The exhibition was on display at Nationalmuseum.
The autumn exhibition 2020 at Nationalmuseum featured French and Italian art from primarily the 17th century but also French and Nordic art until the turn of the 20th century. The exhibition showed how people's view of nature has changed through the ages and also addressed the many classical stories conveyed in the paintings. Artists on display included Claude Lorrain, Nicolas Poussin and Salvator Rosa and, from more contemporary times, Prince Eugen, Anna Boberg and Otto Hesselbom.
The exhibition Arcadia – A Paradise Lost was about an escape from reality and an eternal longing beyond civilization. It illuminated myths, poems and love stories and asked questions about the role of human beings in nature – then and now. The motifs were landscape and nature, but when you examined the pieces more closely you could discover stories drawn from fairy-tales and literature that take place in the glades.
Arcadia is both the name of a region in Greece as well as a landscape for the imagination. During the 17th century, artists in Rome began to create the image of Arcadia based on the city’s surroundings, with ruins and isolated pastures. It became a specific category in painting, which is often referred to as ideal or classical landscape.
From ancient literature and poems from the Renaissance sprung the image that it was a place of untouched nature, where shepherds met and could rest in glades next to rippling water springs. The dreamy landscapes on which the exhibition focused contain hidden, poetic stories about human existence and living conditions. They are often about life, death, eroticism and the meaning of existence beyond civilization.
The most well-known names in art during the 17th century were artists such as Claude Lorrain, Nicolas Poussin and Gaspard Dughet. In addition to these, there was also Salvator Rosa, who developed a type of landscape painting that had a darker vein, characterised by barren cliffs, gnarled trees and ravines that he chose to inhabit with mercenary soldiers, robbers and hermits. During the 18th century, more versions were added to this which emphasised playfulness and role playing in shaded park landscapes by artists such as Antoine Watteau and Jean-Baptiste Pater. The classic Italy-based landscape painting underwent a renaissance in the early 19th century but towards the middle of the century the connection between nature and nation grew to become more and more important. Artists should not search for beauty in Southern Europe, but should instead begin to depict nature in their own countries, as part of constructing national identity. This signified the beginning of national romanticism landscape art, which has for a long time influenced how we view beauty in nature.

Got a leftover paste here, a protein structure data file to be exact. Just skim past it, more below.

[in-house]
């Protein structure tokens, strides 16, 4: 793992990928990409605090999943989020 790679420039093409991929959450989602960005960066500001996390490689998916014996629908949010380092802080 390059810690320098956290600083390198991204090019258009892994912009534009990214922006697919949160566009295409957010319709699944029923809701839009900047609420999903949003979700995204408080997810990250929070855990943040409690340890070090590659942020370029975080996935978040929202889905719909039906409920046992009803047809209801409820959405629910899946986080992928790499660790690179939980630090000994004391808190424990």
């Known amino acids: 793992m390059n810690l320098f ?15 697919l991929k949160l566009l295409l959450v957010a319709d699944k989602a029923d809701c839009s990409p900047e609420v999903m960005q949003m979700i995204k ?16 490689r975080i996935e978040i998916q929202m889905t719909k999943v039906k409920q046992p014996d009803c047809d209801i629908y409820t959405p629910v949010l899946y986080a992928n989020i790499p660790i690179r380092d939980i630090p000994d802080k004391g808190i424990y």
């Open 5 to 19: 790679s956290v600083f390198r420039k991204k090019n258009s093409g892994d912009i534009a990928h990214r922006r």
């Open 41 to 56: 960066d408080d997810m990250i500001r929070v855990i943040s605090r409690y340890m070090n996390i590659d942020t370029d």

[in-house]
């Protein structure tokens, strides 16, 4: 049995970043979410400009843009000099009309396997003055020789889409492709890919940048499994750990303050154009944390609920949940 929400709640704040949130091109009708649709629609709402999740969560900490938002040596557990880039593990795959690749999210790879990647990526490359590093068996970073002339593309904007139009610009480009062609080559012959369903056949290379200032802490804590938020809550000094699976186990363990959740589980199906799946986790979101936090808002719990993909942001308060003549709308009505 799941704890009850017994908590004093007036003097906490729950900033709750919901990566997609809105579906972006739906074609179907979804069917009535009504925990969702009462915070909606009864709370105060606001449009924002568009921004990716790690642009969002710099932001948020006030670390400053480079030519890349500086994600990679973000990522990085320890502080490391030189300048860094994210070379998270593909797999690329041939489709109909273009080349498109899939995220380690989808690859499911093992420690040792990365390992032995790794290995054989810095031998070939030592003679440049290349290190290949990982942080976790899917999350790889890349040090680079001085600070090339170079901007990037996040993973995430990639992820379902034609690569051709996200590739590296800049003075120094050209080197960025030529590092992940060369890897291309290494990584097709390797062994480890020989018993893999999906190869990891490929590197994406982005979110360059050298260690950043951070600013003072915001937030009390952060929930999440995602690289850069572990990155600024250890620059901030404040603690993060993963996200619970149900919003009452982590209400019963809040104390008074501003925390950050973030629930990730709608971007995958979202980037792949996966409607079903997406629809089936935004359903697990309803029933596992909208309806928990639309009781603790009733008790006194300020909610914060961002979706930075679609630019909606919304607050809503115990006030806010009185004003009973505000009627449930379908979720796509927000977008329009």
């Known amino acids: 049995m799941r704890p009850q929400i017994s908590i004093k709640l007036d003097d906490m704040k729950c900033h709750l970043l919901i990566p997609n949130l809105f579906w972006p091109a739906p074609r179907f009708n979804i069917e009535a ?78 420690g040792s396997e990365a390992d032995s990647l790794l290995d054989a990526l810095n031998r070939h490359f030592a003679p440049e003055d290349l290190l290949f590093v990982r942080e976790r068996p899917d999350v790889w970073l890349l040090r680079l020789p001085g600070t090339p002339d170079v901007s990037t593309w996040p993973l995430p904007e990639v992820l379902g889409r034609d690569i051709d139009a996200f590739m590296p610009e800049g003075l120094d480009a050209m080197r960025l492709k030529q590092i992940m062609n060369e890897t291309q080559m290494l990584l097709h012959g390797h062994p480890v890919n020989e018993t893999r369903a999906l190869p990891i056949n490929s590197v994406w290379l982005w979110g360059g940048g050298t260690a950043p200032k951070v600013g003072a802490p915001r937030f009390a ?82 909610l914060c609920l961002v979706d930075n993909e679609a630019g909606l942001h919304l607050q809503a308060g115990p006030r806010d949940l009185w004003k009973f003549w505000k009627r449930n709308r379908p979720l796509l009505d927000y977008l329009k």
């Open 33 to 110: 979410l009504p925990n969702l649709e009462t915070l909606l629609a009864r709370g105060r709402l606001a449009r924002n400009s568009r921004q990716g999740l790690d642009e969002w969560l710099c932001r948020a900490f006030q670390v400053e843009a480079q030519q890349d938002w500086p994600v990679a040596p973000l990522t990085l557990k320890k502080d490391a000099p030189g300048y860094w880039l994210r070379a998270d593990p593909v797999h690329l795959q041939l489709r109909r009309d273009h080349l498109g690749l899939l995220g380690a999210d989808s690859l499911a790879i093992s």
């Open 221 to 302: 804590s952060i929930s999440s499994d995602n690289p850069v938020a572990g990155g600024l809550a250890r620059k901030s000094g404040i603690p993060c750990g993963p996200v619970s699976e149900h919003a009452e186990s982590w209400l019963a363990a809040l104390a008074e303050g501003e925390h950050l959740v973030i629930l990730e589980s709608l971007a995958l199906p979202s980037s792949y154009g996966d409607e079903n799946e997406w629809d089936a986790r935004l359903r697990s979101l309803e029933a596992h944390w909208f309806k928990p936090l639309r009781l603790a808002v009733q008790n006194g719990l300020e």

The more idea-based discussions surrounding the human image of nature were deepened in a few smaller rooms in the exhibition by a collaboration with Färgfabriken. At this point the exhibition left Arcadia to explore the industrialised society’s relationship with nature on the theme of hinterland. A number of pieces from Nationalmuseum’s collections by artists such as Prince Eugen, Axel Sjöberg and Anna Boberg were discussed and displayed based on contemporary discussions on natural resources, urbanisation and climate issues. Photographs taken by photographer Suvra Kanti Das from Bangladesh were also featured there.
Along with the works from Nationalmuseum's collections on display in the exhibition, a number of famous works of art were borrowed from museums such as the Dulwich Picture Gallery, Hamburger Kunsthalle, the National Gallery in London, Nivaagaards Malerisamling, Moderna Museet, The Earl of Leicester and the Trustees of the Holkham Estate and The Eastnor Castle Collection. The exhibition also featured a newly discovered early painting by Claude Lorrain, which is in the Swedish Academy's possession, Landscape With Rural Dance.
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Video about Arcadia – A Paradise Lost
Richly illustrated publication